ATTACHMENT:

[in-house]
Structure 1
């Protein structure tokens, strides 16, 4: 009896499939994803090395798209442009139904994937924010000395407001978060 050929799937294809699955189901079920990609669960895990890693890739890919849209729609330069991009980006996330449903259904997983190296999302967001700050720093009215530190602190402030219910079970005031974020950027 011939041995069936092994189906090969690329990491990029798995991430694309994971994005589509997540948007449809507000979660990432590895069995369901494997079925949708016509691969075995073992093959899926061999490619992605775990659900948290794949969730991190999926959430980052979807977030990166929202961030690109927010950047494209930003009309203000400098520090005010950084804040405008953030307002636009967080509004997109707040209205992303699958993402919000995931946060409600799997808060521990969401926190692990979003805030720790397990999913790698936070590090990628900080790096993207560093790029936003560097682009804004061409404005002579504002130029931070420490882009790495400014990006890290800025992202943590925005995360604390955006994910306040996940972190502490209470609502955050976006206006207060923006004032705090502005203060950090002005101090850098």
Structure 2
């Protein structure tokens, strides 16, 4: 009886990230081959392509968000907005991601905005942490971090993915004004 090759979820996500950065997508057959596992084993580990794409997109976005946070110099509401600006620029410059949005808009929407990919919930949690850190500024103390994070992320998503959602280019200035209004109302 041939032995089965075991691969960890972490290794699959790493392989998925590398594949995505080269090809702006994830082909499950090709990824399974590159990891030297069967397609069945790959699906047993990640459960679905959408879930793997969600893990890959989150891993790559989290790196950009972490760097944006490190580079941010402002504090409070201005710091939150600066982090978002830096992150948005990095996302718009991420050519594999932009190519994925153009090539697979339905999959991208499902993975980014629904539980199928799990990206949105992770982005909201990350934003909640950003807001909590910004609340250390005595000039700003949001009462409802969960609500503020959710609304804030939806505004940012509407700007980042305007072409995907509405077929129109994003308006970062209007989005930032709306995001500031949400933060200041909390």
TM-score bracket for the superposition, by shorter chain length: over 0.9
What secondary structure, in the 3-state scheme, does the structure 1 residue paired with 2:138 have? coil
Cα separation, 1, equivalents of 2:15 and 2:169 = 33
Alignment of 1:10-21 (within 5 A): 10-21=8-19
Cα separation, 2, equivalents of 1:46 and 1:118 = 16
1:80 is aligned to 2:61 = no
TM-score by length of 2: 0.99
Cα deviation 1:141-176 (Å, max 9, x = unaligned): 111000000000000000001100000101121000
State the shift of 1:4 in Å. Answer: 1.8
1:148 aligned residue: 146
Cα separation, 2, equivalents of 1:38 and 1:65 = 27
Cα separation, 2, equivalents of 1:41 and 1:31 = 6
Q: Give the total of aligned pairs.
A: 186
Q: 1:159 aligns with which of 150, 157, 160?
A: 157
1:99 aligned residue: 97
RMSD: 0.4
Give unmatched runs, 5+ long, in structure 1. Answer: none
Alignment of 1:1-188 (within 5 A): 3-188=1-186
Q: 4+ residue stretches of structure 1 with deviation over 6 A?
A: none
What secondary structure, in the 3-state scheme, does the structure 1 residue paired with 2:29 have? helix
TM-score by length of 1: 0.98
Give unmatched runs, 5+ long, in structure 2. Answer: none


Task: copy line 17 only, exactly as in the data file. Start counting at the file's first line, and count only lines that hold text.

Cα separation, 2, equivalents of 1:41 and 1:31 = 6